Some detailed law must be laid out before being applied to all parties. Article 28 states that ”quantitative restrictions on imports and all measures having equivalent effect (MEQR) shall be prohibited between member states.” The seminal case in relation to MEQRs was Procureur-du-Roi-v-Dassonville where the ECJ said “all trading rules enacted by member States which are capable of hindering, directly or indirectly, actually or potentially, intra-Community trade are to be considered measures having an effect equivalent to quantitative restrictions.” Thus it did not matter whether any measure was applied to both imports and exports; what mattered was the effect it could have on intra-European trade. The Rau-Margarine case is a typical instance of this where Belgium required all margarine be sold in cube shaped tubs so consumers, presumably, knew what they were buying. It was irrelevant whether it was Belgian or imported margarine, the same rule applied. The ECJ held it to be a MEQR and so a violation of Article 28. The rationale behind tackling such MEQRs is that they potentially compartmentalised trade within national boundaries. If Belgians can dictate special boxes then so can France, Germany, and Holland and so on. This inhibits the free movement of goods within the community because a national manufacturer would have to have numerous production runs for different countries so limiting intra-EU trade and not allowing the benefits of economies of scale and other such advantages to emerge. The critical point from Dassonville is simply that “a discriminatory intent is not required” . The ruling in Dassonville meant that the ECJ were now tackling indistinctly applicable MEQR – i.e. they are indistinct because they applied equally to all goods so appear not to discriminate. Nonetheless, they could disadvantage imports more than domestic goods as importers had to comply with what the domestic producers were already doing.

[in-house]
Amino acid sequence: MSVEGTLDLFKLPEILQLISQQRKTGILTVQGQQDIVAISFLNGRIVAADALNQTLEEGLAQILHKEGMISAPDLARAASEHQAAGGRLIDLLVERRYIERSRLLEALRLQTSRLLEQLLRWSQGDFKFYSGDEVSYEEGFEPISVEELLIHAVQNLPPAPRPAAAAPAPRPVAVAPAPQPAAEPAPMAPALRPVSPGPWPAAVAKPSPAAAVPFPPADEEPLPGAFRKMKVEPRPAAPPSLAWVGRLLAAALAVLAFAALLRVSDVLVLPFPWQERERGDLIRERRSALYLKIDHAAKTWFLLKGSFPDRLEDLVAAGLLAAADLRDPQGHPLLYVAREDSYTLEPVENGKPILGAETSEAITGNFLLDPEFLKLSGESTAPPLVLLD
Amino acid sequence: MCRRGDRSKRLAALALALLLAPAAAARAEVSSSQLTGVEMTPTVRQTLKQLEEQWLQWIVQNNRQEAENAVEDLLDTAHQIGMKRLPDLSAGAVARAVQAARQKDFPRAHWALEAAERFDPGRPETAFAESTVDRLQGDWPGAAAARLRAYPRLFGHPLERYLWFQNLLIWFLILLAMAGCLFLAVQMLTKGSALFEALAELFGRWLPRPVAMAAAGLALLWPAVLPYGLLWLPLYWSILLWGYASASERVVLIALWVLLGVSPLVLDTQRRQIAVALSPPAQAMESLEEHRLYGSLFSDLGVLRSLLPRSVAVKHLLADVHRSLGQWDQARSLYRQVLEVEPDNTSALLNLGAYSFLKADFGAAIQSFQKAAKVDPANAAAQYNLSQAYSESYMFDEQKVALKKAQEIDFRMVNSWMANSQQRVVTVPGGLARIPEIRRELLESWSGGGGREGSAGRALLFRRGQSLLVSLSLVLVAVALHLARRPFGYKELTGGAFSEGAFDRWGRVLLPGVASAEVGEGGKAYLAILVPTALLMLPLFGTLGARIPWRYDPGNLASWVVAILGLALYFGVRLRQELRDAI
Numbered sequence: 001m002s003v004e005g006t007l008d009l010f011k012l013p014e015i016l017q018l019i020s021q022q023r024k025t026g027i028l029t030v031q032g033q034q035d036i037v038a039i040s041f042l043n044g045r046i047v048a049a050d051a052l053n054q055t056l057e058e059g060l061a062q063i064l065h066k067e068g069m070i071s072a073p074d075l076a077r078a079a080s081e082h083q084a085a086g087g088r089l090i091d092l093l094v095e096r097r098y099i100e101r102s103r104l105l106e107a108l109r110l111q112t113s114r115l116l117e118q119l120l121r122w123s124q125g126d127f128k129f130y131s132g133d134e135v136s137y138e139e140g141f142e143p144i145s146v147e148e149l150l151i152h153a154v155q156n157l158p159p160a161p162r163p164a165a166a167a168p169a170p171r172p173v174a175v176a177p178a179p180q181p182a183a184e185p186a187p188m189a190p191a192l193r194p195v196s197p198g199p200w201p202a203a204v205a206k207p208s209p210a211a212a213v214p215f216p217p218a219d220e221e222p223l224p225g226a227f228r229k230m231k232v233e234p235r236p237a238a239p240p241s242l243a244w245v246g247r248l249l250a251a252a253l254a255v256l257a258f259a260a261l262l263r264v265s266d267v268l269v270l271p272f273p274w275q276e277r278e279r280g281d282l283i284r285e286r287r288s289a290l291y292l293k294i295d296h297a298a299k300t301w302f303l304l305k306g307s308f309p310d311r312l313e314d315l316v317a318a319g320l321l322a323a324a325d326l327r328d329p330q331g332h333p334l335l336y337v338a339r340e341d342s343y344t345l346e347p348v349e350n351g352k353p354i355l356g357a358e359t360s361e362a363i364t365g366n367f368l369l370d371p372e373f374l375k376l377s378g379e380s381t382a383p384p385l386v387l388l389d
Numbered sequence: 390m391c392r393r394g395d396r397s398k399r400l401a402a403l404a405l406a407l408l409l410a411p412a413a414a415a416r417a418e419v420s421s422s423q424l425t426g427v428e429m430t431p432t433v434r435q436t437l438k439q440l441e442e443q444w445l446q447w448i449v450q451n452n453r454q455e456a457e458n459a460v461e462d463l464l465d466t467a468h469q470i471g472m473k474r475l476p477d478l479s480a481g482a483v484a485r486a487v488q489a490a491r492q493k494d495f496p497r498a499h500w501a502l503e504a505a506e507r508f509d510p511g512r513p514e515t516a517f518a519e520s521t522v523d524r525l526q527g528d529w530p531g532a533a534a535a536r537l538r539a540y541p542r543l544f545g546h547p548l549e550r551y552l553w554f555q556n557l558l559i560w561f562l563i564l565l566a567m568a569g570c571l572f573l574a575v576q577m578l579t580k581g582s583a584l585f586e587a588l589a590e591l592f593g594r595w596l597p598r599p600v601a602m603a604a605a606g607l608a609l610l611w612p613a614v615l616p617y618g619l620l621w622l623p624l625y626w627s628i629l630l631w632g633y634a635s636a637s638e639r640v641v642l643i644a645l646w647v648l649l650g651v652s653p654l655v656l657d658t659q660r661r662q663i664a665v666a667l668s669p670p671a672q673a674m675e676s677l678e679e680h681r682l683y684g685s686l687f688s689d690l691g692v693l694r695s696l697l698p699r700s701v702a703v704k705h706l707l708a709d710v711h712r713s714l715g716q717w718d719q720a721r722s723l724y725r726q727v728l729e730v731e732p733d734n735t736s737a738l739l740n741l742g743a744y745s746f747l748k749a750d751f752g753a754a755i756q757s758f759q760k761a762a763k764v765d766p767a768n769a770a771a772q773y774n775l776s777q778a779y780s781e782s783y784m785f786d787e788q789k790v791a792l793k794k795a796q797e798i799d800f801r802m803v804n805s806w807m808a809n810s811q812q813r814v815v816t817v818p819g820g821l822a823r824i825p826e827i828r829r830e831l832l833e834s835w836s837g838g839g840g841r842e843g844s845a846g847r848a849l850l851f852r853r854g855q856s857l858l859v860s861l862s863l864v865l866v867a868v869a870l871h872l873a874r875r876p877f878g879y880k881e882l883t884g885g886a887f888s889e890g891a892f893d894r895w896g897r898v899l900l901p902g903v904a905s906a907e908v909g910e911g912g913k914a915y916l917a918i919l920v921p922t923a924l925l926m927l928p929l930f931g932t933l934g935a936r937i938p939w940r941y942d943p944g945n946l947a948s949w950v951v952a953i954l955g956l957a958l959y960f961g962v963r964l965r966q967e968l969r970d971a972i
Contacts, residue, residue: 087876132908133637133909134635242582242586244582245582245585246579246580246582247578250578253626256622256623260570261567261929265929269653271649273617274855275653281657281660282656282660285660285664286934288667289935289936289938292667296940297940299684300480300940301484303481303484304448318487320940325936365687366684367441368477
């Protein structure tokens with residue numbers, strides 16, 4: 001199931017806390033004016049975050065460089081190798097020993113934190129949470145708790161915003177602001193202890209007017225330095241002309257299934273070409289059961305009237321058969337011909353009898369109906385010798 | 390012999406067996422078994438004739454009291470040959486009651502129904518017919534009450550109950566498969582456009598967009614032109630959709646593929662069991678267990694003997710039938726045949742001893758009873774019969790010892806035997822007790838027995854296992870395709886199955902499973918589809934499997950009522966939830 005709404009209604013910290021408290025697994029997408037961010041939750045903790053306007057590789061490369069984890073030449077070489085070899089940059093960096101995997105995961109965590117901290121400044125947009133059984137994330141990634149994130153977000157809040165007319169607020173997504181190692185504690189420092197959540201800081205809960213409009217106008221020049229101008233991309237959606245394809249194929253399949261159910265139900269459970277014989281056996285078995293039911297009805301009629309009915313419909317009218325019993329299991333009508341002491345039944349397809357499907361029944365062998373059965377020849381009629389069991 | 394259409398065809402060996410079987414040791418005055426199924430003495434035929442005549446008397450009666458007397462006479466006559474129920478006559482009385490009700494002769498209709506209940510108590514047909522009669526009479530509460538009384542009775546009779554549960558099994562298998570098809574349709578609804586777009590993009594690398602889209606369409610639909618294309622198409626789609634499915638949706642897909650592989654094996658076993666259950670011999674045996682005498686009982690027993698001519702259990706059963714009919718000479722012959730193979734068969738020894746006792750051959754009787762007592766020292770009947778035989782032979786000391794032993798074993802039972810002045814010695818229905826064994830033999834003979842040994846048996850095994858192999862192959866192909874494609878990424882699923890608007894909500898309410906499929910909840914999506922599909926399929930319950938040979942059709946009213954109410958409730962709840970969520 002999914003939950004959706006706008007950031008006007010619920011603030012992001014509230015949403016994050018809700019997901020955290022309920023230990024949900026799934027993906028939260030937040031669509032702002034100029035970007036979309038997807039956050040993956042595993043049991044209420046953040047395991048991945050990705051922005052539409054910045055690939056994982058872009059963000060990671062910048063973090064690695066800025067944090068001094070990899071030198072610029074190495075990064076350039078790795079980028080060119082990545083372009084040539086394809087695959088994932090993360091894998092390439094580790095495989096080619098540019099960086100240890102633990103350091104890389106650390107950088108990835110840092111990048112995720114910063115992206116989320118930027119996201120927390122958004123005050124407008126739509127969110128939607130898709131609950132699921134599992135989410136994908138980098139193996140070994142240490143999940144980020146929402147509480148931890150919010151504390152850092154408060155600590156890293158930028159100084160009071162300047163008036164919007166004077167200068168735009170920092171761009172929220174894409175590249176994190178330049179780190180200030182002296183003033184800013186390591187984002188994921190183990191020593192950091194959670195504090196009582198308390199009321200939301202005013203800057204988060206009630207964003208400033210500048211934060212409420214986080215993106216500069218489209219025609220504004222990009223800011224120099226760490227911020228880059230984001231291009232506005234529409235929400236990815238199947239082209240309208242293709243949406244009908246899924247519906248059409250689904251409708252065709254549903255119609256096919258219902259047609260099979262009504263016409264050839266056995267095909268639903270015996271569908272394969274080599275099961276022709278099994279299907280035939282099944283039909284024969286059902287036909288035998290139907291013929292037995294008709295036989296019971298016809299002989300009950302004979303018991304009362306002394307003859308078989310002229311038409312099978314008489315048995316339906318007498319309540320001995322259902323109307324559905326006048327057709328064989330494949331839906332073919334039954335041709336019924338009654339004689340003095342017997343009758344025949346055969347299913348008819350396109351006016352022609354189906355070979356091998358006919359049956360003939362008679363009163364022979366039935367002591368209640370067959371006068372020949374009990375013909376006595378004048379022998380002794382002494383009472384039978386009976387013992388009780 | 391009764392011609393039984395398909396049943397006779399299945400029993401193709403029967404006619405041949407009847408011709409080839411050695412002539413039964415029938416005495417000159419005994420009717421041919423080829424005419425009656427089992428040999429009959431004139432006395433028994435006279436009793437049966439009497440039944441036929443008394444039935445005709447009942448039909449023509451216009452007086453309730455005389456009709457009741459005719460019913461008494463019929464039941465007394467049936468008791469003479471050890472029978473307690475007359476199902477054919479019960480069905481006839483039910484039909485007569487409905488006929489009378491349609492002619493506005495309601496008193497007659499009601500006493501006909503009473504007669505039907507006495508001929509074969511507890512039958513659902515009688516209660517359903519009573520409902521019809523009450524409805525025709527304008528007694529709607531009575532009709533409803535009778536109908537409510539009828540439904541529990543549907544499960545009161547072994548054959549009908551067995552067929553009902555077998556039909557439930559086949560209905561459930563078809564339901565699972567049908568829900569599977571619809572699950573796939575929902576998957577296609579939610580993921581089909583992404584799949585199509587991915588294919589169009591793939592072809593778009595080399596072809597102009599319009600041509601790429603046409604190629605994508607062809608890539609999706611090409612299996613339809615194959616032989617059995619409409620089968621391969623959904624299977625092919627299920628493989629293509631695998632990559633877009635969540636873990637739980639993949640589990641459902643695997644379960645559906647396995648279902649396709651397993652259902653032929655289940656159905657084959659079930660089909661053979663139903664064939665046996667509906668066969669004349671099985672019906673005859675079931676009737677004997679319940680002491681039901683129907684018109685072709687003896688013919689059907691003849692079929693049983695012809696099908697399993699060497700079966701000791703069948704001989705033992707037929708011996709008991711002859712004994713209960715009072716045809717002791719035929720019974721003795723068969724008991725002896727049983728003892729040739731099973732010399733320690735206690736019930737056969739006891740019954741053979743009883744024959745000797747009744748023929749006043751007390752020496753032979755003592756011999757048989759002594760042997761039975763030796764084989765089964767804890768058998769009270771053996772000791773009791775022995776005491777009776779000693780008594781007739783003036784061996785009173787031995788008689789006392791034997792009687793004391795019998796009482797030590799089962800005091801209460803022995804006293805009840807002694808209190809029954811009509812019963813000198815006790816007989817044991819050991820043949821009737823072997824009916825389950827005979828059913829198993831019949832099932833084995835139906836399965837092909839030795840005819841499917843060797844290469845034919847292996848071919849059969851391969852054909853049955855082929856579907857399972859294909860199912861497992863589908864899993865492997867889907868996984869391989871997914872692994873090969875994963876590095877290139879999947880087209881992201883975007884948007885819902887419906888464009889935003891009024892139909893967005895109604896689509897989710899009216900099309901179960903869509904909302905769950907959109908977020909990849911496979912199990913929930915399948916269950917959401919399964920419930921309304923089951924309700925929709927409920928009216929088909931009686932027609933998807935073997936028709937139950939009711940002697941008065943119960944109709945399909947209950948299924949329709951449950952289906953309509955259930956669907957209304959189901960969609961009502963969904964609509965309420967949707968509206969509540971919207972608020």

Matters then moved to the case of Rewe-Zentral AG-v- Bundesmonopolverwaltung fuer Branntwein – Cassis De Dijon, where the German government had a law defining the lower limits of the drink called Cassis at a minimum of 25% proof. However, French Cassis was only 15% -20% proof and so could not be sold in Germany. Distributors took a case claiming the alcohol limit was an MEQR. The ECJ both confirmed and refined Dassonville thus establishing two vital new principles. The first one became known as the principle of mutual recognition or the dual burden rule. It held that a product marketed legally in one member-state and presumably complying with all their mandatory requirements could not be prohibited in another. The second principle was the rule of reason. This stated that in order to derogate from the mutual recognition principle, it must be proved that there was some “mandatory requirement” relevant to the prohibition. The court left the boundaries of these undefined but Steiner lists some examples which have been accepted such as cultural concerns in Cinetheque-SA and environmental concerns in Re Disposable-Beer-Cans and the protection of young people in Dynamic-Medien. Thus there were now some exceptions to Dassonville but they are obviously significant issues which involve public interest matters. One important point to take from Cassis is that the ECJ did partially accept the German arguments that lower alcohol content may mislead consumers but that a ban was disproportionate to the problem i.e. the concept of proportionality applies. The ECJ said the problem could have been solved by better labelling or warnings etc.